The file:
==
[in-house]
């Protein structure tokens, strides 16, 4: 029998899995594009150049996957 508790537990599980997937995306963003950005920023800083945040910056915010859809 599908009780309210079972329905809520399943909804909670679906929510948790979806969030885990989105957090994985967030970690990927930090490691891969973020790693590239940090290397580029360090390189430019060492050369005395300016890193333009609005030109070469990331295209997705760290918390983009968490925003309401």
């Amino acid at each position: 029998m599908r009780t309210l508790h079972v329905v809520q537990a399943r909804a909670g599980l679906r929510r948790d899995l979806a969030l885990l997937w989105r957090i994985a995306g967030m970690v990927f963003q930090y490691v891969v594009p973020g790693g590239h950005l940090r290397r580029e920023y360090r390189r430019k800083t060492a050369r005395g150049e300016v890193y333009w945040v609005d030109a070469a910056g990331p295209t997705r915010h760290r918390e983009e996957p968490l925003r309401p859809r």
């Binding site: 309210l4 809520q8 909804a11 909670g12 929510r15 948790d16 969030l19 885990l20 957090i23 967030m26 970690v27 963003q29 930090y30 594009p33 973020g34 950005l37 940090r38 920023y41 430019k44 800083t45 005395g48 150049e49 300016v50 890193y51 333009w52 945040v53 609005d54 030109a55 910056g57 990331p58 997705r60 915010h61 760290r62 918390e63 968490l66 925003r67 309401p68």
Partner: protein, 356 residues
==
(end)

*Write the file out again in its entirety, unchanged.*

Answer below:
[in-house]
């Protein structure tokens, strides 16, 4: 029998899995594009150049996957 508790537990599980997937995306963003950005920023800083945040910056915010859809 599908009780309210079972329905809520399943909804909670679906929510948790979806969030885990989105957090994985967030970690990927930090490691891969973020790693590239940090290397580029360090390189430019060492050369005395300016890193333009609005030109070469990331295209997705760290918390983009968490925003309401």
């Amino acid at each position: 029998m599908r009780t309210l508790h079972v329905v809520q537990a399943r909804a909670g599980l679906r929510r948790d899995l979806a969030l885990l997937w989105r957090i994985a995306g967030m970690v990927f963003q930090y490691v891969v594009p973020g790693g590239h950005l940090r290397r580029e920023y360090r390189r430019k800083t060492a050369r005395g150049e300016v890193y333009w945040v609005d030109a070469a910056g990331p295209t997705r915010h760290r918390e983009e996957p968490l925003r309401p859809r």
């Binding site: 309210l4 809520q8 909804a11 909670g12 929510r15 948790d16 969030l19 885990l20 957090i23 967030m26 970690v27 963003q29 930090y30 594009p33 973020g34 950005l37 940090r38 920023y41 430019k44 800083t45 005395g48 150049e49 300016v50 890193y51 333009w52 945040v53 609005d54 030109a55 910056g57 990331p58 997705r60 915010h61 760290r62 918390e63 968490l66 925003r67 309401p68």
Partner: protein, 356 residues